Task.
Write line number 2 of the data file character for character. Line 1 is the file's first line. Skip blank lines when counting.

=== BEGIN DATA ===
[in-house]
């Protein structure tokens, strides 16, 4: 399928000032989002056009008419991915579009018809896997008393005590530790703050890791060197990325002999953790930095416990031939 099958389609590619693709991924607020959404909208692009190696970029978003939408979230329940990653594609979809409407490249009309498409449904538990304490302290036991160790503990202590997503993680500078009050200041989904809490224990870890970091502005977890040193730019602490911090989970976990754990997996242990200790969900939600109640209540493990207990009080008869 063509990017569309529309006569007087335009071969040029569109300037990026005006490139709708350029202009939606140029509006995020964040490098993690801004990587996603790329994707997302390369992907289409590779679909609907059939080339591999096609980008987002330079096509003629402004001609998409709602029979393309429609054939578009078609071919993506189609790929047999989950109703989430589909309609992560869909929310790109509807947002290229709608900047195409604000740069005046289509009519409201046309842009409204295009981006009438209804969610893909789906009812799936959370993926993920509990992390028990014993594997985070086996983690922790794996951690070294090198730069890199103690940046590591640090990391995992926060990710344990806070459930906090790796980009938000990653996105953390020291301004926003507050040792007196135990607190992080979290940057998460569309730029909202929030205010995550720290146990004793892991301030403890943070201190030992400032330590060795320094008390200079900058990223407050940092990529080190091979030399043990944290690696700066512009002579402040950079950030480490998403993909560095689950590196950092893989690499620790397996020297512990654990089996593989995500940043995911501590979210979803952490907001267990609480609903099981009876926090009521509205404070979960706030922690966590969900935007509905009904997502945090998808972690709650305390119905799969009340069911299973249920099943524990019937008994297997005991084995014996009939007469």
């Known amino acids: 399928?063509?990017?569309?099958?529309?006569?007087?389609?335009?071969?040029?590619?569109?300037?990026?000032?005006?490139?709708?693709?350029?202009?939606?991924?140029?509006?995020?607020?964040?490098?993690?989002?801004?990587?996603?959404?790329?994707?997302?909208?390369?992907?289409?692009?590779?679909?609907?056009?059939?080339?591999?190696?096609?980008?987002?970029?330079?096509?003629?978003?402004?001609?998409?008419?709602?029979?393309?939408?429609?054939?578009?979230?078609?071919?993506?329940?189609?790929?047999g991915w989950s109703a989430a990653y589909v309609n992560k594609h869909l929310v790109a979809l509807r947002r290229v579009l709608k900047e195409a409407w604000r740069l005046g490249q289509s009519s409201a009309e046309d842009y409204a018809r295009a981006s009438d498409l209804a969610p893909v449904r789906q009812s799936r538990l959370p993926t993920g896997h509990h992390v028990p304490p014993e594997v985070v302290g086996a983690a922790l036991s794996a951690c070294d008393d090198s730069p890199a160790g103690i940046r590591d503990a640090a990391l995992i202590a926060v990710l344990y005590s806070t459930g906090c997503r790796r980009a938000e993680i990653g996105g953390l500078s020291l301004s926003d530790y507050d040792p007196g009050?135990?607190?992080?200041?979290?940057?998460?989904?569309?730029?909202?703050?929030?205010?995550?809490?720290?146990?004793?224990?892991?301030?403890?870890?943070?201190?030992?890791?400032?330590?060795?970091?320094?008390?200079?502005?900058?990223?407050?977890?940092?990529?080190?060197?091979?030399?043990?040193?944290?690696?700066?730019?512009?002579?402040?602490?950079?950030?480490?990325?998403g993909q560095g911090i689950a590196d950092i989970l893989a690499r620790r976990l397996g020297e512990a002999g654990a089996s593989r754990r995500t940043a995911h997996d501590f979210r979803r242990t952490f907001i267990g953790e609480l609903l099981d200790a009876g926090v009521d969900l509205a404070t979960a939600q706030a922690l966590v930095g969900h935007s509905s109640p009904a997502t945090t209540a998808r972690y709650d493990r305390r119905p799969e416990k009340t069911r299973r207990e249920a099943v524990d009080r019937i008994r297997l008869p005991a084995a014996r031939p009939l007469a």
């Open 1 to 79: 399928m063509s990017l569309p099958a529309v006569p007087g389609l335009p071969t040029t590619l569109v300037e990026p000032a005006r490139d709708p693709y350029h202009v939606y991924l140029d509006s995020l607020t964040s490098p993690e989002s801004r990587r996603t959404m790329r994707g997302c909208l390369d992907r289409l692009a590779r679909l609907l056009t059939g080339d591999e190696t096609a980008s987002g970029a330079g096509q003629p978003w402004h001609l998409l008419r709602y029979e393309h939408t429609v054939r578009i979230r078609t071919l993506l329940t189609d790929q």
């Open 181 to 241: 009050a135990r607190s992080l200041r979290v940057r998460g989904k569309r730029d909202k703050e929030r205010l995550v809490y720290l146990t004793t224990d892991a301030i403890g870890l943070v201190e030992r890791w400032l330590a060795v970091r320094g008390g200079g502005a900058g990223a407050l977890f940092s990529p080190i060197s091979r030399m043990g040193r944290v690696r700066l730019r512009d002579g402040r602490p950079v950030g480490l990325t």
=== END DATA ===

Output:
């Protein structure tokens, strides 16, 4: 399928000032989002056009008419991915579009018809896997008393005590530790703050890791060197990325002999953790930095416990031939 099958389609590619693709991924607020959404909208692009190696970029978003939408979230329940990653594609979809409407490249009309498409449904538990304490302290036991160790503990202590997503993680500078009050200041989904809490224990870890970091502005977890040193730019602490911090989970976990754990997996242990200790969900939600109640209540493990207990009080008869 063509990017569309529309006569007087335009071969040029569109300037990026005006490139709708350029202009939606140029509006995020964040490098993690801004990587996603790329994707997302390369992907289409590779679909609907059939080339591999096609980008987002330079096509003629402004001609998409709602029979393309429609054939578009078609071919993506189609790929047999989950109703989430589909309609992560869909929310790109509807947002290229709608900047195409604000740069005046289509009519409201046309842009409204295009981006009438209804969610893909789906009812799936959370993926993920509990992390028990014993594997985070086996983690922790794996951690070294090198730069890199103690940046590591640090990391995992926060990710344990806070459930906090790796980009938000990653996105953390020291301004926003507050040792007196135990607190992080979290940057998460569309730029909202929030205010995550720290146990004793892991301030403890943070201190030992400032330590060795320094008390200079900058990223407050940092990529080190091979030399043990944290690696700066512009002579402040950079950030480490998403993909560095689950590196950092893989690499620790397996020297512990654990089996593989995500940043995911501590979210979803952490907001267990609480609903099981009876926090009521509205404070979960706030922690966590969900935007509905009904997502945090998808972690709650305390119905799969009340069911299973249920099943524990019937008994297997005991084995014996009939007469």